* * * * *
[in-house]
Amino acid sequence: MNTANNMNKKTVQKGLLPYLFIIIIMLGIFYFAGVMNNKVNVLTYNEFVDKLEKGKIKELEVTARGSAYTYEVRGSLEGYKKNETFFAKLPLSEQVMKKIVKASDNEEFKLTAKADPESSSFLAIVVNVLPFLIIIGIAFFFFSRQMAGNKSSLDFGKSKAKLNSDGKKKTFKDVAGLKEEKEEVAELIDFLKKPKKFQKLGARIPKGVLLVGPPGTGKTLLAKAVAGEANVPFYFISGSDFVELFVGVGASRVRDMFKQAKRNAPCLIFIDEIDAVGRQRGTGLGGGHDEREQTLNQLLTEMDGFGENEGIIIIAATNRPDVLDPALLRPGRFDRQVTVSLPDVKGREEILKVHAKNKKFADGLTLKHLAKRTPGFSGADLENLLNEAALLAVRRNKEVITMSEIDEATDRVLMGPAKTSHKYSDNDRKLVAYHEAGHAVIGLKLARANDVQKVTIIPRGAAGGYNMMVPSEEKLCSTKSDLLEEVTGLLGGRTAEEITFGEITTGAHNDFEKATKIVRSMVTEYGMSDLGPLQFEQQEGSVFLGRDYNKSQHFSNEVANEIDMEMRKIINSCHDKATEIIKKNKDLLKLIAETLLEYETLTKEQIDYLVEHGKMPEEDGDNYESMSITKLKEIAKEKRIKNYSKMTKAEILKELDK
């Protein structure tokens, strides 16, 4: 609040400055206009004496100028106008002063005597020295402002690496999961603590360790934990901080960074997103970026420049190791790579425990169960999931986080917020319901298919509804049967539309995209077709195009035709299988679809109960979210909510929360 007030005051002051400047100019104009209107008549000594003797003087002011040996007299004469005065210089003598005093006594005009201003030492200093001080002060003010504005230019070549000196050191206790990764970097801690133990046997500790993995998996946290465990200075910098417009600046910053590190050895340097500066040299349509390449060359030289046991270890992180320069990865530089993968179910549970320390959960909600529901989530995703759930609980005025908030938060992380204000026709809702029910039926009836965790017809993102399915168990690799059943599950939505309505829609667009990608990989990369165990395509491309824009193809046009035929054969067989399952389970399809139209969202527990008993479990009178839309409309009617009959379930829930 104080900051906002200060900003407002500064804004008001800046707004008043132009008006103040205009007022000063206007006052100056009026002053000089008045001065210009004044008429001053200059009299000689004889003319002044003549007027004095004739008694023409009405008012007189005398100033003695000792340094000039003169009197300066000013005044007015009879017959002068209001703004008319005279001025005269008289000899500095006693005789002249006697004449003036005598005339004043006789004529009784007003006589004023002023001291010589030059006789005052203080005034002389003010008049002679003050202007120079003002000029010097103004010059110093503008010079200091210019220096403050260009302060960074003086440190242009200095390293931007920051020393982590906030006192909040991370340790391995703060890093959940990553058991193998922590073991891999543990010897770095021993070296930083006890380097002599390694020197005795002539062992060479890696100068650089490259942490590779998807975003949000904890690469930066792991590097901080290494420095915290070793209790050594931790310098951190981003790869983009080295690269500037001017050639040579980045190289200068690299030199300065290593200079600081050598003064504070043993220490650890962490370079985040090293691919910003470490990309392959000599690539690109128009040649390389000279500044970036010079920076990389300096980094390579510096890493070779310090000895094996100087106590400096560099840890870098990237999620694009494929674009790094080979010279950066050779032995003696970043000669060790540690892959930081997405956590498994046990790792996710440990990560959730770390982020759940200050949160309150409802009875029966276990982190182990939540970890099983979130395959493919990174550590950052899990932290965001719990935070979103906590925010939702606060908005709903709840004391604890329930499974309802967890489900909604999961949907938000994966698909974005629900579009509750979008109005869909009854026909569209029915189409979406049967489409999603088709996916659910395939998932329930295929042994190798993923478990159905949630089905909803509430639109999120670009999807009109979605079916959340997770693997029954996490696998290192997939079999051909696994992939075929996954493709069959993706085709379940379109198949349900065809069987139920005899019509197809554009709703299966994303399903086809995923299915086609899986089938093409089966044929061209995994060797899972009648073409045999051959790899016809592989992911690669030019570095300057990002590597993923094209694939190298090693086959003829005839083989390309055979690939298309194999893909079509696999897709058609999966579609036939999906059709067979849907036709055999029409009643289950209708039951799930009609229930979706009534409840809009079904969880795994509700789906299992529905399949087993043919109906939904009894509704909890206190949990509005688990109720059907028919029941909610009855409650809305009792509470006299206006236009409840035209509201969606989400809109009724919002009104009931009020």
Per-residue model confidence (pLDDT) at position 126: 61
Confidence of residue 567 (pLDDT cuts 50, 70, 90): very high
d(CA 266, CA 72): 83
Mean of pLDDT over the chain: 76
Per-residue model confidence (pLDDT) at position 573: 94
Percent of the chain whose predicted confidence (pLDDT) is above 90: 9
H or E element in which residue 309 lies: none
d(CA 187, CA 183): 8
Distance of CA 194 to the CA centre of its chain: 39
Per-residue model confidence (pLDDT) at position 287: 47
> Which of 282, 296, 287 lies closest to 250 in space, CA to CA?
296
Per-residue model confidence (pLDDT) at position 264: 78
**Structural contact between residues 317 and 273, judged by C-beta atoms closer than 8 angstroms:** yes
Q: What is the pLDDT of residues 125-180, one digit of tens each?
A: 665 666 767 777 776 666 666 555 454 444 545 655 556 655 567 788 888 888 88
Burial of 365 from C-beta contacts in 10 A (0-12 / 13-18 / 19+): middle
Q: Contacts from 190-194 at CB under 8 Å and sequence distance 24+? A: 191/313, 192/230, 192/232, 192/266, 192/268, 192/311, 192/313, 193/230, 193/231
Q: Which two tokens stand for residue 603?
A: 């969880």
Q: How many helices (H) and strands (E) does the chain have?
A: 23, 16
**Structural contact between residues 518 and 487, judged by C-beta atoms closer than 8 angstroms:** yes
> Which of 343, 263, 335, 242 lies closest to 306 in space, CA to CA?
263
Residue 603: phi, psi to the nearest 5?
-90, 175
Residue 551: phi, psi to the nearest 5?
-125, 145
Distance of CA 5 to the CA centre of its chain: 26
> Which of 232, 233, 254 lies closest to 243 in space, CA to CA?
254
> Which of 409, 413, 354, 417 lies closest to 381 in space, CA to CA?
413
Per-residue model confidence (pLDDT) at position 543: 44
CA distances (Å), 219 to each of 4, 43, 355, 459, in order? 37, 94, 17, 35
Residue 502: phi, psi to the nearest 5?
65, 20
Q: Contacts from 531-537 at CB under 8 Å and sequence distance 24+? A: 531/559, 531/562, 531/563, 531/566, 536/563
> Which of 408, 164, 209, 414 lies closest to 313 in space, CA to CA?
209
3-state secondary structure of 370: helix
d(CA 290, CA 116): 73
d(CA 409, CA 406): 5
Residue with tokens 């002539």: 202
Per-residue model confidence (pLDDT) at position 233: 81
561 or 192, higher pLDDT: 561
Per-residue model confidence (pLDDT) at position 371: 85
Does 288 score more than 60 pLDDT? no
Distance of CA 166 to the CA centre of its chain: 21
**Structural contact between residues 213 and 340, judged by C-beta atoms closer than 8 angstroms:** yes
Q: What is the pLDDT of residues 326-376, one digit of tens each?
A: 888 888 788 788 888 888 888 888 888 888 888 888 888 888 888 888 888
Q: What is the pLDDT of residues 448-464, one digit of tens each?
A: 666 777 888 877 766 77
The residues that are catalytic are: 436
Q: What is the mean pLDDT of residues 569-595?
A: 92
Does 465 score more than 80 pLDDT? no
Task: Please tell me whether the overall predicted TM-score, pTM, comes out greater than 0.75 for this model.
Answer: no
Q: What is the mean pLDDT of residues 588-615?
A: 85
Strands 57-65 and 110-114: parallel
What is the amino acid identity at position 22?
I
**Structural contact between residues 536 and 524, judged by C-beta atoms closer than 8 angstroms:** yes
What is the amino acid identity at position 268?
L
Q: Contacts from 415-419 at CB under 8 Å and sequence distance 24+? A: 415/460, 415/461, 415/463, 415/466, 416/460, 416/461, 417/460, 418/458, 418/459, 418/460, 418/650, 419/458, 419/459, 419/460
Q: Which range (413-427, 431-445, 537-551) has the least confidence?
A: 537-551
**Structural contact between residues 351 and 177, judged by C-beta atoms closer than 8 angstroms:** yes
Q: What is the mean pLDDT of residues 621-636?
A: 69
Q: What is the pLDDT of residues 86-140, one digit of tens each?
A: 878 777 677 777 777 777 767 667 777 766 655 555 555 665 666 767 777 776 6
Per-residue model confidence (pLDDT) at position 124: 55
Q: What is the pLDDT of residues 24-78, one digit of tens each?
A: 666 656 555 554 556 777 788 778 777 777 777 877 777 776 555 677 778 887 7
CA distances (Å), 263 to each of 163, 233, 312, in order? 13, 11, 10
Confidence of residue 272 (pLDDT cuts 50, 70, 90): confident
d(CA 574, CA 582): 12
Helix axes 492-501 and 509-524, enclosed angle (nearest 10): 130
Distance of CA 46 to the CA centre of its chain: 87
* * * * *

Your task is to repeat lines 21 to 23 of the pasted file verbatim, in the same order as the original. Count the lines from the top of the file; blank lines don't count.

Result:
Q: Contacts from 190-194 at CB under 8 Å and sequence distance 24+? A: 191/313, 192/230, 192/232, 192/266, 192/268, 192/311, 192/313, 193/230, 193/231
Q: Which two tokens stand for residue 603?
A: 């969880």